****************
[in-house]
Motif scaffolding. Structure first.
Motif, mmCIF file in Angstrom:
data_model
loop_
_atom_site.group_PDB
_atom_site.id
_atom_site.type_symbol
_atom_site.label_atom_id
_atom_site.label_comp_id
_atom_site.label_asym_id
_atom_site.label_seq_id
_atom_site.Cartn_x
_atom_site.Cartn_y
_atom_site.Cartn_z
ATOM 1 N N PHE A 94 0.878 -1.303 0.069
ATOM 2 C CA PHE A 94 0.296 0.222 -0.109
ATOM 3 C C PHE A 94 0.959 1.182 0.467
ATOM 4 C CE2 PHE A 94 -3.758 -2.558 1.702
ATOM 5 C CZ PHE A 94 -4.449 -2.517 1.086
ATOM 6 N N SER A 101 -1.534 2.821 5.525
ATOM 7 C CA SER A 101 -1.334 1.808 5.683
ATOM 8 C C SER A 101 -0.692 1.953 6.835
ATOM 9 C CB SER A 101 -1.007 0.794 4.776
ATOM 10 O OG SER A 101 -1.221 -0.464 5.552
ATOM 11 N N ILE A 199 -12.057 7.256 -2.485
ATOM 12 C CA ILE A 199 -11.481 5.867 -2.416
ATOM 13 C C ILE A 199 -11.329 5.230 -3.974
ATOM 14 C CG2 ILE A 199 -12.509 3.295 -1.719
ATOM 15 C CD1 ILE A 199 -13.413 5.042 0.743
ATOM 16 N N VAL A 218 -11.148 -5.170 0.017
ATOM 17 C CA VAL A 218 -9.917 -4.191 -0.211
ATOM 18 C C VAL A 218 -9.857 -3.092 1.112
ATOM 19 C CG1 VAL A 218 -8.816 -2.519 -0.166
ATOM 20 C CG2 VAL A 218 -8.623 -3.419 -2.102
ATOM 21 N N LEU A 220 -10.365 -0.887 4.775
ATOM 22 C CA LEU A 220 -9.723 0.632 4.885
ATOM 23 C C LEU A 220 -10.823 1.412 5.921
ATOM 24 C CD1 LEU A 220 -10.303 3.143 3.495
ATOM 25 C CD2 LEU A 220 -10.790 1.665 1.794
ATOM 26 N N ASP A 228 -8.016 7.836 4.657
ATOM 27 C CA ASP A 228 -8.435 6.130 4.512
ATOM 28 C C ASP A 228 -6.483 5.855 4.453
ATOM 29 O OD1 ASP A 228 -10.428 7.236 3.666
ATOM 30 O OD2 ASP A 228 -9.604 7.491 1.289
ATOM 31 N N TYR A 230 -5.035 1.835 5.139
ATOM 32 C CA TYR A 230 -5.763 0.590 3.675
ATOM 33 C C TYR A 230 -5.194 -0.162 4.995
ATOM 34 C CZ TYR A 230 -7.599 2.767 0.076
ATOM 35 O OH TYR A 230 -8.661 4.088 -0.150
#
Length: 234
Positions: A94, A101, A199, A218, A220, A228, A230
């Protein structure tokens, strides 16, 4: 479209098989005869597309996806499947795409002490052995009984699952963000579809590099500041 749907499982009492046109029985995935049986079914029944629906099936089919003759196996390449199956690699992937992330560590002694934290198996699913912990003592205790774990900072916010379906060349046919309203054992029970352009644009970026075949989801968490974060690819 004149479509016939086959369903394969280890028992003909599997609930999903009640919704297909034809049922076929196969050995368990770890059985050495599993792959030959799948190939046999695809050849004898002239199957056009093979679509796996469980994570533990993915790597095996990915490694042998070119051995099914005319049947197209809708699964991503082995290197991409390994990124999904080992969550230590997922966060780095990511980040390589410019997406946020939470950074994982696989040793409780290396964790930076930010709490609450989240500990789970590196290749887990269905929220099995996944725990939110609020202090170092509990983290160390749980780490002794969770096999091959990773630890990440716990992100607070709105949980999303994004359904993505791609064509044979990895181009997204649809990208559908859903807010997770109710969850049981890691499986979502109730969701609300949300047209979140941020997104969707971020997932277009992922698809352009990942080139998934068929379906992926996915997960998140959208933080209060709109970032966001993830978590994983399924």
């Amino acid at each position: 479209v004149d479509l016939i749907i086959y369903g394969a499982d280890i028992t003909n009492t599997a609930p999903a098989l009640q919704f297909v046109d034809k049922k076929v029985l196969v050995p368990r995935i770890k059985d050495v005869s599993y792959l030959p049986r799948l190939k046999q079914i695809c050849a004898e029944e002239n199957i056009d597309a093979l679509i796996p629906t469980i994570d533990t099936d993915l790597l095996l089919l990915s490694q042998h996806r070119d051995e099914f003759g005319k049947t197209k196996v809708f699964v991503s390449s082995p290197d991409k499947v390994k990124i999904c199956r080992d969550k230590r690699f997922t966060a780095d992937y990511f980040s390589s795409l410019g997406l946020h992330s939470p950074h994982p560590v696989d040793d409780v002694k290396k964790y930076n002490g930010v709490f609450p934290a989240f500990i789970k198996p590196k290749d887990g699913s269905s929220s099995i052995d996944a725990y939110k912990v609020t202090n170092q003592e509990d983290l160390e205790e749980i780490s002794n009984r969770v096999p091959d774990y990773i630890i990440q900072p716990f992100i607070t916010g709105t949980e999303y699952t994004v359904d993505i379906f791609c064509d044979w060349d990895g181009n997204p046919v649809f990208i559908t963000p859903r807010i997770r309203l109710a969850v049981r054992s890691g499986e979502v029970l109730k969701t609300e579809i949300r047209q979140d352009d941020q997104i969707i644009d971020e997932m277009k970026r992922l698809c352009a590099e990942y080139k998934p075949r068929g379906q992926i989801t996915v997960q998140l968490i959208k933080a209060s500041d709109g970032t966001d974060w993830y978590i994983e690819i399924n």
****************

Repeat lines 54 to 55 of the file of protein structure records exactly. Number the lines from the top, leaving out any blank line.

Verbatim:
């Protein structure tokens, strides 16, 4: 479209098989005869597309996806499947795409002490052995009984699952963000579809590099500041 749907499982009492046109029985995935049986079914029944629906099936089919003759196996390449199956690699992937992330560590002694934290198996699913912990003592205790774990900072916010379906060349046919309203054992029970352009644009970026075949989801968490974060690819 004149479509016939086959369903394969280890028992003909599997609930999903009640919704297909034809049922076929196969050995368990770890059985050495599993792959030959799948190939046999695809050849004898002239199957056009093979679509796996469980994570533990993915790597095996990915490694042998070119051995099914005319049947197209809708699964991503082995290197991409390994990124999904080992969550230590997922966060780095990511980040390589410019997406946020939470950074994982696989040793409780290396964790930076930010709490609450989240500990789970590196290749887990269905929220099995996944725990939110609020202090170092509990983290160390749980780490002794969770096999091959990773630890990440716990992100607070709105949980999303994004359904993505791609064509044979990895181009997204649809990208559908859903807010997770109710969850049981890691499986979502109730969701609300949300047209979140941020997104969707971020997932277009992922698809352009990942080139998934068929379906992926996915997960998140959208933080209060709109970032966001993830978590994983399924």
């Amino acid at each position: 479209v004149d479509l016939i749907i086959y369903g394969a499982d280890i028992t003909n009492t599997a609930p999903a098989l009640q919704f297909v046109d034809k049922k076929v029985l196969v050995p368990r995935i770890k059985d050495v005869s599993y792959l030959p049986r799948l190939k046999q079914i695809c050849a004898e029944e002239n199957i056009d597309a093979l679509i796996p629906t469980i994570d533990t099936d993915l790597l095996l089919l990915s490694q042998h996806r070119d051995e099914f003759g005319k049947t197209k196996v809708f699964v991503s390449s082995p290197d991409k499947v390994k990124i999904c199956r080992d969550k230590r690699f997922t966060a780095d992937y990511f980040s390589s795409l410019g997406l946020h992330s939470p950074h994982p560590v696989d040793d409780v002694k290396k964790y930076n002490g930010v709490f609450p934290a989240f500990i789970k198996p590196k290749d887990g699913s269905s929220s099995i052995d996944a725990y939110k912990v609020t202090n170092q003592e509990d983290l160390e205790e749980i780490s002794n009984r969770v096999p091959d774990y990773i630890i990440q900072p716990f992100i607070t916010g709105t949980e999303y699952t994004v359904d993505i379906f791609c064509d044979w060349d990895g181009n997204p046919v649809f990208i559908t963000p859903r807010i997770r309203l109710a969850v049981r054992s890691g499986e979502v029970l109730k969701t609300e579809i949300r047209q979140d352009d941020q997104i969707i644009d971020e997932m277009k970026r992922l698809c352009a590099e990942y080139k998934p075949r068929g379906q992926i989801t996915v997960q998140l968490i959208k933080a209060s500041d709109g970032t966001d974060w993830y978590i994983e690819i399924n």